Note that the shape of uncertainty set affects the efficiency and robustness of network capacity value. Ben-Tal and Nemirovski [14] suggested applying the min–max optimization model. Once the uncertainty set of the travel demand, , is determined, the min–max model will find a robust solution that tolerates changes in travel demand up to the given bound. Using any type of the uncertainty sets, , the robust reserve network capacity (RRNC) problem can be formulated as follows:where solves

The above model is referred to as the robust counterpart of the original reserve network capacity problem. The solution of the robust counterpart results in a maximum total travel demand scheme under the corresponding worst-case demand pattern.

4. Solution Algorithm

A heuristic algorithm is proposed to solve the above robust optimization model. It takes a similar framework as the procedure presented in [18], which is referred to as the cutting plane algorithm to robust optimization. The algorithm involves an iterative procedure to solve two inner optimization problems alternately until the convergence criterion is satisfied. The algorithm is presented as follows.

Step 0 (initialization). Give the initial values of the O-D demand (usually , ) and solve the following reserve network capacity (RNC) problem to produce an initial demand multiplier :Set the iteration counter .

Step 1 (direction finding).
Step  1.1. Solve the following inner (worst-case scenario (WCS)) problem with the determined to obtain the worst-case demand scenario:Step  1.2. Formulate a RNC problem with the scheme of existing demand produced from the WCS problem in Step  1.1. Solve this inner problem to find a search direction of the maximum demand multiplier .

Step 2 (move). Compute , where is the step length. In this study, the step length is chosen as , which is used in the method of successive averages.

Step 3 (convergence check). If the objective value of the WCS problem or reaches the maximum iterations, then stop, where there is a predetermined convergence criterion. Otherwise, denote the solution of the WCS problem as , and go to Step 1; set .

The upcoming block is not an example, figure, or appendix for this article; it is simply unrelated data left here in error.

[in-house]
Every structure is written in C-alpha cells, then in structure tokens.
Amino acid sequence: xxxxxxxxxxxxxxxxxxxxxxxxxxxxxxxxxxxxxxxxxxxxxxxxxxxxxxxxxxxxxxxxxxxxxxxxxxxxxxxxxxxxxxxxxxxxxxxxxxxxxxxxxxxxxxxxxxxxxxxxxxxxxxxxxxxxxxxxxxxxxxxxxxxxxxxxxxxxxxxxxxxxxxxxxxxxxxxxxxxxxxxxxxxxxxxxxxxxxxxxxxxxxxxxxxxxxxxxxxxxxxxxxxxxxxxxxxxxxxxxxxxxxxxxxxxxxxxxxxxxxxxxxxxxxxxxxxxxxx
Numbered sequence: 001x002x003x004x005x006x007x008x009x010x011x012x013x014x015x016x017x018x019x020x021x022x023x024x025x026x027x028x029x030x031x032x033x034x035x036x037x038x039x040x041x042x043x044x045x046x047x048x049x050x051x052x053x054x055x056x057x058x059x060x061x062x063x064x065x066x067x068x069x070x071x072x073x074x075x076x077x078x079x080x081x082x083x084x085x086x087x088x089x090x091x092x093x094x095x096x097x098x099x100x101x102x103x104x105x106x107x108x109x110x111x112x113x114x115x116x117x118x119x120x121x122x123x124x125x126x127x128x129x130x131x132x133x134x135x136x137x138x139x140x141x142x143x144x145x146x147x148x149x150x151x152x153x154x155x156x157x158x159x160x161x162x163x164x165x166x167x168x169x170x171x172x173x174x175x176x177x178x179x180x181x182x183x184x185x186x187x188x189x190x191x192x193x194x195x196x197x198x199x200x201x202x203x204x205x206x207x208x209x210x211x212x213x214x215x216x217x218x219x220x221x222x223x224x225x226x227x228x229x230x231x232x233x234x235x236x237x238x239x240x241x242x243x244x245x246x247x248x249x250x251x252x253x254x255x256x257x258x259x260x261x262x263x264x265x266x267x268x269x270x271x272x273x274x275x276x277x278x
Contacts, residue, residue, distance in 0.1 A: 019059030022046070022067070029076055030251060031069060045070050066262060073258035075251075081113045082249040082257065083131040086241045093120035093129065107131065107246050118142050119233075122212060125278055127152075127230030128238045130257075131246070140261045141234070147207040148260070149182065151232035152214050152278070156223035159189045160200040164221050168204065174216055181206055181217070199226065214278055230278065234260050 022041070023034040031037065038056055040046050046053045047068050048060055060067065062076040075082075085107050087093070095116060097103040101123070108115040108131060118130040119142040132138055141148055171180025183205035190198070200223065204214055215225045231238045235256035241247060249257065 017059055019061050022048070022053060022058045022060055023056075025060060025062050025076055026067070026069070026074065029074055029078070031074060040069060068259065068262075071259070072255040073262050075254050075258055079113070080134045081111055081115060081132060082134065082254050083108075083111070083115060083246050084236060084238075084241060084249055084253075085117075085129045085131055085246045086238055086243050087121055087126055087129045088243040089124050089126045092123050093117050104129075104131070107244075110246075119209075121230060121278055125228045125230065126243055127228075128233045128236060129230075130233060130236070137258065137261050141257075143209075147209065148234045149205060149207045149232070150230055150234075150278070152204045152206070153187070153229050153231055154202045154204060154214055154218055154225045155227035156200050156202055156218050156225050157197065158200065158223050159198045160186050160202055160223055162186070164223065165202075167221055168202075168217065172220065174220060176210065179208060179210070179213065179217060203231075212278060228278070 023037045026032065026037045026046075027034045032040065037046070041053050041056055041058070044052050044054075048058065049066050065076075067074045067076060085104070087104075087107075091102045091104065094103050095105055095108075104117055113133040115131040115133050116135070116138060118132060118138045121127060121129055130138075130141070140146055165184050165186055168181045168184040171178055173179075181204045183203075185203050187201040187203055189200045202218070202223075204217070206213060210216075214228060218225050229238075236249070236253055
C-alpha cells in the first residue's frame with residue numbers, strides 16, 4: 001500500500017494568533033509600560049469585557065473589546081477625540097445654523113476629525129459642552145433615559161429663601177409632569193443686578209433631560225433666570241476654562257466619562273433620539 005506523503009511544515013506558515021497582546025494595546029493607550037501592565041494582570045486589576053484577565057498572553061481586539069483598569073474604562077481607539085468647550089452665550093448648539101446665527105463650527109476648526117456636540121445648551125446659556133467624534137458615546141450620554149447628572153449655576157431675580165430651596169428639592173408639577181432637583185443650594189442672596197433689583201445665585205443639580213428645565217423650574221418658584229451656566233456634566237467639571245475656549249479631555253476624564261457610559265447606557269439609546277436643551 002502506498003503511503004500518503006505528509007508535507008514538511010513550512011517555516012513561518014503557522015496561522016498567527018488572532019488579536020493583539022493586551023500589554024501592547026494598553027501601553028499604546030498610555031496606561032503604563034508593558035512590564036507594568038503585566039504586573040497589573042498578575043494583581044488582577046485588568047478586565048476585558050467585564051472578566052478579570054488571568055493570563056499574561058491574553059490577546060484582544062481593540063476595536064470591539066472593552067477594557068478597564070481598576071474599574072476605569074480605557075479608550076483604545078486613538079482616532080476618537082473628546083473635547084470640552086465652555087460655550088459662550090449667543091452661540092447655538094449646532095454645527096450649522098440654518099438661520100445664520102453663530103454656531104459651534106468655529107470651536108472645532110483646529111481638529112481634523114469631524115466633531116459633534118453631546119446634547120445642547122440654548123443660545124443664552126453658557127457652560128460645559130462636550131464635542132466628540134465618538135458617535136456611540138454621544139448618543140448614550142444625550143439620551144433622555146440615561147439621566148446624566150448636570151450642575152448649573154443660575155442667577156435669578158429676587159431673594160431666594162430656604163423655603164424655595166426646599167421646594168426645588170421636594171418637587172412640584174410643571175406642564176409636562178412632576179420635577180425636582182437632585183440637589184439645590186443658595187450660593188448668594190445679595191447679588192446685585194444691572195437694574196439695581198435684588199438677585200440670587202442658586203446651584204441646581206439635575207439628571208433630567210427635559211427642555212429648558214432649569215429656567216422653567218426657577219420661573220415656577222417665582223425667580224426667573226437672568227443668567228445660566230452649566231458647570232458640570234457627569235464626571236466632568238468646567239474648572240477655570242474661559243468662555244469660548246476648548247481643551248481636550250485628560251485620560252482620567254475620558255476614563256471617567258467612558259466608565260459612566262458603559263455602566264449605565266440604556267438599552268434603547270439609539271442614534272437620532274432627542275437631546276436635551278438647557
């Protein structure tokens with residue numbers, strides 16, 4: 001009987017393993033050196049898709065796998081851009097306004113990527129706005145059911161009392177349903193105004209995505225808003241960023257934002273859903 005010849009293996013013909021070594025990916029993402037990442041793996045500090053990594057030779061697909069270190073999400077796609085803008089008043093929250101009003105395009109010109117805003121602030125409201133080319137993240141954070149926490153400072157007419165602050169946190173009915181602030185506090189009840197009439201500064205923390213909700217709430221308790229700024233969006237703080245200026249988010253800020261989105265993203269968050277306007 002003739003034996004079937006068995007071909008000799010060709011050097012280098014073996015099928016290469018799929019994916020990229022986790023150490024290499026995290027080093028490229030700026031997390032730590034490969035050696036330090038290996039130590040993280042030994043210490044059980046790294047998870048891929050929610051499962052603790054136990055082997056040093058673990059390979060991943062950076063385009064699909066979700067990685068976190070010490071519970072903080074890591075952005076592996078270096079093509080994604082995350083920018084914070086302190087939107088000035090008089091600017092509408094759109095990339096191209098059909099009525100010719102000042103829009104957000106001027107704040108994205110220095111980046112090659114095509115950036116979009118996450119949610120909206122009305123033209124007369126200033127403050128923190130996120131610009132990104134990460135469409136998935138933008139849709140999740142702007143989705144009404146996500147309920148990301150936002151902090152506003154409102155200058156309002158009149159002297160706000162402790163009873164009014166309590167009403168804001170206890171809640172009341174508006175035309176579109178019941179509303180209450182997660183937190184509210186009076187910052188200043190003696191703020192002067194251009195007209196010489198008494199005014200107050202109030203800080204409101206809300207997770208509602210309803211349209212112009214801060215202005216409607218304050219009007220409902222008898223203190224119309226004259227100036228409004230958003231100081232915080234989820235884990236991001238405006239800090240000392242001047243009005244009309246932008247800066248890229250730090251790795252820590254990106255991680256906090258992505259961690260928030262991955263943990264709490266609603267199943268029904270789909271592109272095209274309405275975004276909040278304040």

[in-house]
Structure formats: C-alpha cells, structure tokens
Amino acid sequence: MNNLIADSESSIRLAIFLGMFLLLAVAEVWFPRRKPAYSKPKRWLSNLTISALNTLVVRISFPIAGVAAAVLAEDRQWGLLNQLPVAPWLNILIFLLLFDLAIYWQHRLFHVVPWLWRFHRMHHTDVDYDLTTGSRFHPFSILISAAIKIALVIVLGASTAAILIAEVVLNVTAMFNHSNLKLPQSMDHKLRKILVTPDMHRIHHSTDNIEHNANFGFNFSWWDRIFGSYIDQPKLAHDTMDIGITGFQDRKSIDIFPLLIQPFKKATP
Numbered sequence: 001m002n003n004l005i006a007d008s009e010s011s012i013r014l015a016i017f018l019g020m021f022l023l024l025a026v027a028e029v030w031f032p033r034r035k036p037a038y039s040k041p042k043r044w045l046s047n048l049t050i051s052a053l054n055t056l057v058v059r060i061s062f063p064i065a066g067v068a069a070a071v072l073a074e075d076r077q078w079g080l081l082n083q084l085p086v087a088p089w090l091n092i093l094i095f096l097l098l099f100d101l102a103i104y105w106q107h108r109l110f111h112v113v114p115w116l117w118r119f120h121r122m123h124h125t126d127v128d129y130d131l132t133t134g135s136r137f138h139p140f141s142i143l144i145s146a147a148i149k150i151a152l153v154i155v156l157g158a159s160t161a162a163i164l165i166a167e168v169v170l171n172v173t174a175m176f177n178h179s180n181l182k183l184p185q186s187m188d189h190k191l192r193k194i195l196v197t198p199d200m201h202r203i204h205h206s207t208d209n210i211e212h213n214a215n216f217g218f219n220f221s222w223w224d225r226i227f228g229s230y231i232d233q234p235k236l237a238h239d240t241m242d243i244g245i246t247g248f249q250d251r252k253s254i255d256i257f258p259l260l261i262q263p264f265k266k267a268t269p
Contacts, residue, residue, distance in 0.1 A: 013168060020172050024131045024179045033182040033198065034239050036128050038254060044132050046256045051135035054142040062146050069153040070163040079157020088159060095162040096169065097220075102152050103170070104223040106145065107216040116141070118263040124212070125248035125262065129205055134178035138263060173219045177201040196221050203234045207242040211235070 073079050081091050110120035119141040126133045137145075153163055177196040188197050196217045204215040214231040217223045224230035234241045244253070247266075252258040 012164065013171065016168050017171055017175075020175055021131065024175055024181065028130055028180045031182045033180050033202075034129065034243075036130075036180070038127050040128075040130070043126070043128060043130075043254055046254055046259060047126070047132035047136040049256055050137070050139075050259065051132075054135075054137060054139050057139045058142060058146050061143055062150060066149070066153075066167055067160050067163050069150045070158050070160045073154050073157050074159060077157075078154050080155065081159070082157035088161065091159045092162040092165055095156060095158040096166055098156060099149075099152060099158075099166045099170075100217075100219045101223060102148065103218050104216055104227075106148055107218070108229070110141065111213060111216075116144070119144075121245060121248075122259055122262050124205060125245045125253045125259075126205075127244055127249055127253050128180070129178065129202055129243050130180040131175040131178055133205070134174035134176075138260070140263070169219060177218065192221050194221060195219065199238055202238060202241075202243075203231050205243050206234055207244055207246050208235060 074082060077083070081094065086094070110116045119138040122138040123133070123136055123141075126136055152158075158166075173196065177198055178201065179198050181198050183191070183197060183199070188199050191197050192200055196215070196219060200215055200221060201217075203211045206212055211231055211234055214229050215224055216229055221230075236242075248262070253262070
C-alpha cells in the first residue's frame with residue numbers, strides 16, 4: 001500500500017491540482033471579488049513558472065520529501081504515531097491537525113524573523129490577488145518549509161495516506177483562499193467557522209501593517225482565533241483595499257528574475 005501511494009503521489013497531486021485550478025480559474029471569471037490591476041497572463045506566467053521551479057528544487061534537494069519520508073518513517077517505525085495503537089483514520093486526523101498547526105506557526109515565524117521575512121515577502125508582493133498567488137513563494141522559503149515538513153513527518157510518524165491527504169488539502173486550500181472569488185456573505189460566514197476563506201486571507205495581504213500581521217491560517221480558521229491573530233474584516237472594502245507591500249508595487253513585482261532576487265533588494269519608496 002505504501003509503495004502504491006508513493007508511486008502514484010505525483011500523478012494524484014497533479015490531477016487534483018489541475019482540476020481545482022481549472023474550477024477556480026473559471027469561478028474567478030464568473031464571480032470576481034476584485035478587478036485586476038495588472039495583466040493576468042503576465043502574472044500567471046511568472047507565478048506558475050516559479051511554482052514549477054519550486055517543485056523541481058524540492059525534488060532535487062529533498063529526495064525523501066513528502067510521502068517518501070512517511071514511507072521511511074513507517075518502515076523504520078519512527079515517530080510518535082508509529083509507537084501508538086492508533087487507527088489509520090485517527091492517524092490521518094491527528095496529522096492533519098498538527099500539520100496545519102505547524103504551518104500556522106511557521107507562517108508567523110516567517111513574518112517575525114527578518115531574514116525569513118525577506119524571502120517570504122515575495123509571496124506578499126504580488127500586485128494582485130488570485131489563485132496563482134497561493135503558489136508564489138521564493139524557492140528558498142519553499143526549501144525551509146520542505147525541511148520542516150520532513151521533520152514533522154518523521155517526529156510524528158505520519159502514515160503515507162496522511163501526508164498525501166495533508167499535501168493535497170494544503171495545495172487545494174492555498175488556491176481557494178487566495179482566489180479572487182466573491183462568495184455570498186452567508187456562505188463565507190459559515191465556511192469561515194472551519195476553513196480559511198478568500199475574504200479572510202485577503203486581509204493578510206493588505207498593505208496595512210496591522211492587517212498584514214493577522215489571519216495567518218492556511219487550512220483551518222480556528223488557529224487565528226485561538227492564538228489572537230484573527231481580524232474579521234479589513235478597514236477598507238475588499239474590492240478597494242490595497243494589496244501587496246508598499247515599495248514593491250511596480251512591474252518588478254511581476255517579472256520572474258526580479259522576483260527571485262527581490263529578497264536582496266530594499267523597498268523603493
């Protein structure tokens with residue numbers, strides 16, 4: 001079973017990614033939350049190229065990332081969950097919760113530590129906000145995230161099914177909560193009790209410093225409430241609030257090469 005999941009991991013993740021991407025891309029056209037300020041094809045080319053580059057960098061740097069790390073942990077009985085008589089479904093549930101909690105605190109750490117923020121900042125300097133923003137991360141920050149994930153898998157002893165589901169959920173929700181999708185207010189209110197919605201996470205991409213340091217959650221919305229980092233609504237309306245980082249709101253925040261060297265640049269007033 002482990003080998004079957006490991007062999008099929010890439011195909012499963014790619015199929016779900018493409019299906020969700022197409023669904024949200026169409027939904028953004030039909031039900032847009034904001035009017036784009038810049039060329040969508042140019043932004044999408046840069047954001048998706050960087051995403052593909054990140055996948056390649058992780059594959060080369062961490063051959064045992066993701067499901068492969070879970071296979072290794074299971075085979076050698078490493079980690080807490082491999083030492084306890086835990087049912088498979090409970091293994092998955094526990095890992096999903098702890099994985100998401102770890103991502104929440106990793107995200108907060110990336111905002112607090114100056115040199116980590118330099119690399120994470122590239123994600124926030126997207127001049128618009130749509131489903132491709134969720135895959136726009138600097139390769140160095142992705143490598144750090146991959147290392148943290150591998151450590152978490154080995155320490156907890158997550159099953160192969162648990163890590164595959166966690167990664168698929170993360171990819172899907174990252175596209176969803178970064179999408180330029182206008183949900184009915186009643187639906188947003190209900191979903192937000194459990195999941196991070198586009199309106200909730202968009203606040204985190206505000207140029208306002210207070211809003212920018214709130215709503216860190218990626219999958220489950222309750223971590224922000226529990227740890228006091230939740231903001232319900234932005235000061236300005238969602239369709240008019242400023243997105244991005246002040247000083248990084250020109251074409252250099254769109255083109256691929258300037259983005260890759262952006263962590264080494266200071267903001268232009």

Remark 1. In the above steps, the WCS problem is formulated to find a solution of , in which case the traffic flows on all links which exceed their capacities the most. If is an optimal solution to the RRNC, the corresponding optimal objective value of the WCS problem must be zero. Otherwise, an improved solution may be obtained by solving the RNC problems in Step  1.2 which is a relaxation of the RRNC problems with a specific demand pattern. In the process of the algorithm, each of these relaxed RRNC problems can approximate the original RRNC better than its predecessors. Although it is still difficult in practice to find a global optimum of the relaxed RRNC and WSC, Yin et al. showed that the cutting plane algorithm is effective in providing a good solution to the robust optimization problem [18]. The relaxed RRNC problems and the WSC problems are solved by the sensitivity analysis based (SAB) algorithm [20].

Remark 2. The second inner problem is a standard RNC model when the existing O-D demand is determined. The RNC can be solved efficiently by applying the SAB algorithm [3]. The SAB algorithm locally approximates the original bilevel problem as a single-level optimization by using first-order Taylor expansion. The derivatives of lower-level decision variables with respect to upper-level ones are utilized for the linear approximation. The derivatives can be conducted from the sensitivity analysis of the lower-level model.
In this study, we used the restriction approach for the sensitivity analysis of the lower-level UE model. The restriction approach was proposed by Tobin and Friesz [21] and then corrected by Yang and Bell [22] for its flaws on selecting the nondegenerate extreme point. One can also refer to Du et al. [23] for the details of this approach. In this section, some necessary results are present without proof.
For the reserve capacity model, the link flows in upper-level, , are represented as an implicit function of the O-D matrix multiplier as constraint (2) shows. Using the first-order Taylor expansion, it can be approximated aswhere is the given solution of the O-D demand multiplier at the current iteration of SAB algorithm.